Today’s economy puts a lot of companies and individuals in difficult positions where they must choose what needs to be done for their economic survival. Should a company choose to file for bankruptcy, it does not mean they are going out of business or putting their company up for sale. In most cases, bankruptcy means restructuring the company to be smarter, leaner and more efficient. In communicating a company’s approach to file for bankruptcy, it is important to carefully communicate the reasons why and possible outcomes as to avoid any misunderstanding of the company’s true intention. As a result, transparency and honesty in one’s financial situation is vital to making sure that key constituencies will not read into the companies actions. Instead, the company must be forthright as to everything they file with the court since many people following the company, particularly a public company, and industry will likely go online and read the documents surrounding the bankruptcy.
As a result, perhaps companies should set up a special website or hotline to assure customers and vendors that their products will still get services, their contracts will still get honored or where they can go to learn more information in general. It also will help assure employees that the company will continue to operate.
In filing for bankruptcy, it is important to prioritize key constituencies and determine the best way to communicate with them. For example, communicating to investors/shareholders may be different in how you communicate with vendors or customers. Investors want to know how sound their investment will be; if the company plans on staying public and the plans for emerging from bankruptcy. Customers want to know if their warranties will be honored, where they can go for service or who they can call if they have an issue with the product or service. Vendors want to know their place in all this. If they should continue with their current production or performance and if they will get paid and when?
Once the company files for bankruptcy, it is equally important to constantly be in touch with your core constituencies. For example, GM, Chrysler and the federal government each took us along for the ride as they filed for bankruptcy, announced their restructuring and emerged as a new company. Yesterday, Border’s filed for bankruptcy and send out notices to their core constituency, ensuring business will go on and service will continue, but changes will have to be made. (See the attached email to Border Reward members.)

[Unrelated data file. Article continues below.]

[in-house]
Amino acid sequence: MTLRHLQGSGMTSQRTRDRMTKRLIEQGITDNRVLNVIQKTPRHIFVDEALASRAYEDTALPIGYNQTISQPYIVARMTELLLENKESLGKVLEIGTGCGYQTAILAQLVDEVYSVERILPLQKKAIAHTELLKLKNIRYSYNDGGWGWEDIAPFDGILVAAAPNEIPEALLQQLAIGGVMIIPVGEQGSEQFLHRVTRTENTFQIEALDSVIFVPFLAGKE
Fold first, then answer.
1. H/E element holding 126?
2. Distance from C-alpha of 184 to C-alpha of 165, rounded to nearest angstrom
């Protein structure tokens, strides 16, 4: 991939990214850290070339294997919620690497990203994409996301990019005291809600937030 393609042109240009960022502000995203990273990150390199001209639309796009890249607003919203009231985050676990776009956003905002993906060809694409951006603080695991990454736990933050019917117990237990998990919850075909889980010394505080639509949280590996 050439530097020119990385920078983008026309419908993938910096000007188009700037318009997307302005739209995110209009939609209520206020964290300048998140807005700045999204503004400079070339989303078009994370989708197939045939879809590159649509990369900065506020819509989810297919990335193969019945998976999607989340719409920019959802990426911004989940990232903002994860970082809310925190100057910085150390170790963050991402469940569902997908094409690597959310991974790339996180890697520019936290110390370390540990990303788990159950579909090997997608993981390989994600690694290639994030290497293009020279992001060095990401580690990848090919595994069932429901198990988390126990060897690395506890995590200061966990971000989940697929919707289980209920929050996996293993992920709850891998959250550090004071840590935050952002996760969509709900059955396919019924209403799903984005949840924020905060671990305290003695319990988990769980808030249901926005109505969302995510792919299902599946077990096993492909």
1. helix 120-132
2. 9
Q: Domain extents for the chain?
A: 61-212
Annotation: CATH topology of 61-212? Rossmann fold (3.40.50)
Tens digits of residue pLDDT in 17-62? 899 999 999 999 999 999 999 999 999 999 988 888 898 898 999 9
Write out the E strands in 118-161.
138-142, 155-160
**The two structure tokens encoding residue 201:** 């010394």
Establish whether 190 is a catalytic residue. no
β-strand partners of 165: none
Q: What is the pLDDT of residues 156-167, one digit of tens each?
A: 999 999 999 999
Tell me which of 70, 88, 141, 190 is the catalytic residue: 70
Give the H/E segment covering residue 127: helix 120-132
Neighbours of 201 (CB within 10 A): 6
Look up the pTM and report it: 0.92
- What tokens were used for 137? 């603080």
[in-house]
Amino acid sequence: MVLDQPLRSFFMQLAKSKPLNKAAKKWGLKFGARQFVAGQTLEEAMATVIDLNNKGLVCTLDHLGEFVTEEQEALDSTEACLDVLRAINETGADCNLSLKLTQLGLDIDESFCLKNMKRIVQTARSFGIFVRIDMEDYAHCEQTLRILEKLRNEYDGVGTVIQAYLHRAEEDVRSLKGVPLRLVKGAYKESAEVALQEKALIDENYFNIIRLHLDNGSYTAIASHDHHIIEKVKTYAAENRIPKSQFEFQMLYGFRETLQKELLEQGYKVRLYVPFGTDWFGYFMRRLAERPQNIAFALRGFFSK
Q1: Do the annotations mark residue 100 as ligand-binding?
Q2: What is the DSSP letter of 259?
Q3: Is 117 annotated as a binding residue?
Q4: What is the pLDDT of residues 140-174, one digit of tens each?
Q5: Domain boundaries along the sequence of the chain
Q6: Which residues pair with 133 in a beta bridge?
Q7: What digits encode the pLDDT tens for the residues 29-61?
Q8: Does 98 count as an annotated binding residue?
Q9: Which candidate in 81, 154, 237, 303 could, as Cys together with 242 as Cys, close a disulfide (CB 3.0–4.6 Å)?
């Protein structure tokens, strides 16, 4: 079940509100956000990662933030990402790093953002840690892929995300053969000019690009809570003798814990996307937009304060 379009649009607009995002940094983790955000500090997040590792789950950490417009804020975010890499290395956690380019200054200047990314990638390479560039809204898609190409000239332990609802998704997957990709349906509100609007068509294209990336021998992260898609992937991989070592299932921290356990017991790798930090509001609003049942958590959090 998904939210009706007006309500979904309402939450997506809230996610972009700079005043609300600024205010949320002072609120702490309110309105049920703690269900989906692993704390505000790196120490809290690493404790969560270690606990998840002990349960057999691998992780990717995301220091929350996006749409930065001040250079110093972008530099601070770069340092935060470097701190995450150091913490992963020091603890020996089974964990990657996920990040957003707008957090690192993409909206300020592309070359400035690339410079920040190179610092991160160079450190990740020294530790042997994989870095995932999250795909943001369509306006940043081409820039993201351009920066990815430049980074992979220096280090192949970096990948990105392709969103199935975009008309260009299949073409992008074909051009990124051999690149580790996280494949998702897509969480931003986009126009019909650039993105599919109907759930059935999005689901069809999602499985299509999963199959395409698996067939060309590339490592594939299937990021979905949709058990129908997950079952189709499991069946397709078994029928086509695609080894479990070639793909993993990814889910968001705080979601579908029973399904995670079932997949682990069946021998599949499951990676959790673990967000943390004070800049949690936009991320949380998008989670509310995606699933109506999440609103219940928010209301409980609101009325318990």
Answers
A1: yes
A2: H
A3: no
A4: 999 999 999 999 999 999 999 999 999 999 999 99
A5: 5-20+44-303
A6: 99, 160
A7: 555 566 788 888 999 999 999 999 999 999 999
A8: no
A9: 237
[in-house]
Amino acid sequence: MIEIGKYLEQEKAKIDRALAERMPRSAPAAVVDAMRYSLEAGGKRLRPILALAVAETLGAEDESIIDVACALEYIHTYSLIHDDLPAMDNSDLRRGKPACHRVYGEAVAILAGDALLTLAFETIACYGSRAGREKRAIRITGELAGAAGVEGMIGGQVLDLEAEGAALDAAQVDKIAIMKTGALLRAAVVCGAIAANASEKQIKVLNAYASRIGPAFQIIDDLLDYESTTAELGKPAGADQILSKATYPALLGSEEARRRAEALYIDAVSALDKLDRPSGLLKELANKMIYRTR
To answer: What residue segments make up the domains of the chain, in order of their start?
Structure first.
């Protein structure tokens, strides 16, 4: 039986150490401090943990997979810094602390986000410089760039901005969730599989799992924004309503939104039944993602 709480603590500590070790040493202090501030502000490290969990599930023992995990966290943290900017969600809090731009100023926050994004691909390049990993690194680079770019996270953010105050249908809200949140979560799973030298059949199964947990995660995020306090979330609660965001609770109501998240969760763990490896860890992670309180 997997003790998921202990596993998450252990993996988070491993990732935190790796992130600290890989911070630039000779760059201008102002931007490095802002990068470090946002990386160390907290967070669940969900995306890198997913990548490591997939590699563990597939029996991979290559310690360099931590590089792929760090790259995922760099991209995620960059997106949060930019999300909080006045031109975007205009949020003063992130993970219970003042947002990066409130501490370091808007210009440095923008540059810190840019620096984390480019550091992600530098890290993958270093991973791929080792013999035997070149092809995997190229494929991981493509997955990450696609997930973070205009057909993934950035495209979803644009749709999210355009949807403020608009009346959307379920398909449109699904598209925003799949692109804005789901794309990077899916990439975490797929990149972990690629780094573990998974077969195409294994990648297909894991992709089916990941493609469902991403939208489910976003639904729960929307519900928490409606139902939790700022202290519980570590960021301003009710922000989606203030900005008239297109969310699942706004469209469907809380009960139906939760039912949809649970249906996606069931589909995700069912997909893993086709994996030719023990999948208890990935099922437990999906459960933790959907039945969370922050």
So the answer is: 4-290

Depending on the situation, this can be done through regularly scheduled news conferences, Twitter updates, Blog postings, investor conference calls, media conference calls and the like. However, in communicating with shareholders, debt holders, investors, vendors, customers and employees, it is important to determine what the key messages will be and how you will follow up with them. In today’s social and mobile media age, companies need to often trump their own announcement by getting the information out fast and first.
Regardless of the messages, it is important to be in periodic communication with key publics. This includes before filing, during and after the bankruptcy. A company should not want key stakeholders and casual observers to read into their actions or lack thereof. As a result, communicating will be crucial to the company’s sustainability on they re-emerge form bankruptcy.
For public companies specifically, in communicating to external audiences, they are communicating the market, which can impact stock prices and the market as well as have the potential to dramatically alter the image the public has of the company. As a result, PR counselors must work with the company’s attorneys in crafting the right message and a message legally permissible under securities laws and regulations. There also is a certain protocol in communicating those messages to particular audiences.
In communicating messages during a bankruptcy or wherever litigation is involved, should be given the opportunity to sign off of what is being communicated. At the same time, attorneys must be able to see the big picture as to why PR counsel is even involved and why they must communicate through the media. Attorneys need to be open about what is being communicated and with the idea that they are working to protect and at times, enhance their public perception.
In addition, companies should actively monitor the on-line chatter about their company and their industry and work to quell and misinformation being communicated about the company or its employees. This also includes actively maintaining relationships with vendors, consumers and others and working with them throughout the bankruptcy.
Today, an individual and a company is only as good as their reputation. In general, with the economy the way it is, we understand that in tough economic times, companies as well as individuals may have to file for bankruptcy. As long as there is honesty and maturity in how we communicate our problems or situation, people will understand your situation. Being up-front and proactive in your actions will help position your company for future success and go along way to bolstering your individual and corporate reputation, while putting to rest and potential negative ramifications from the filing.
Filing for bankruptcy is not the beginning of the end for a company. It is a new beginning and a second chance for the company to better serve its customer. It also presents the company with the opportunity to re-evaluate its’ business and to re-emerge as a new company. In emerging from bankruptcy, companies also have the opportunity go back to its core, re-focus, re-brand and re-emerge leaner but stronger and refreshed to create a new beginning.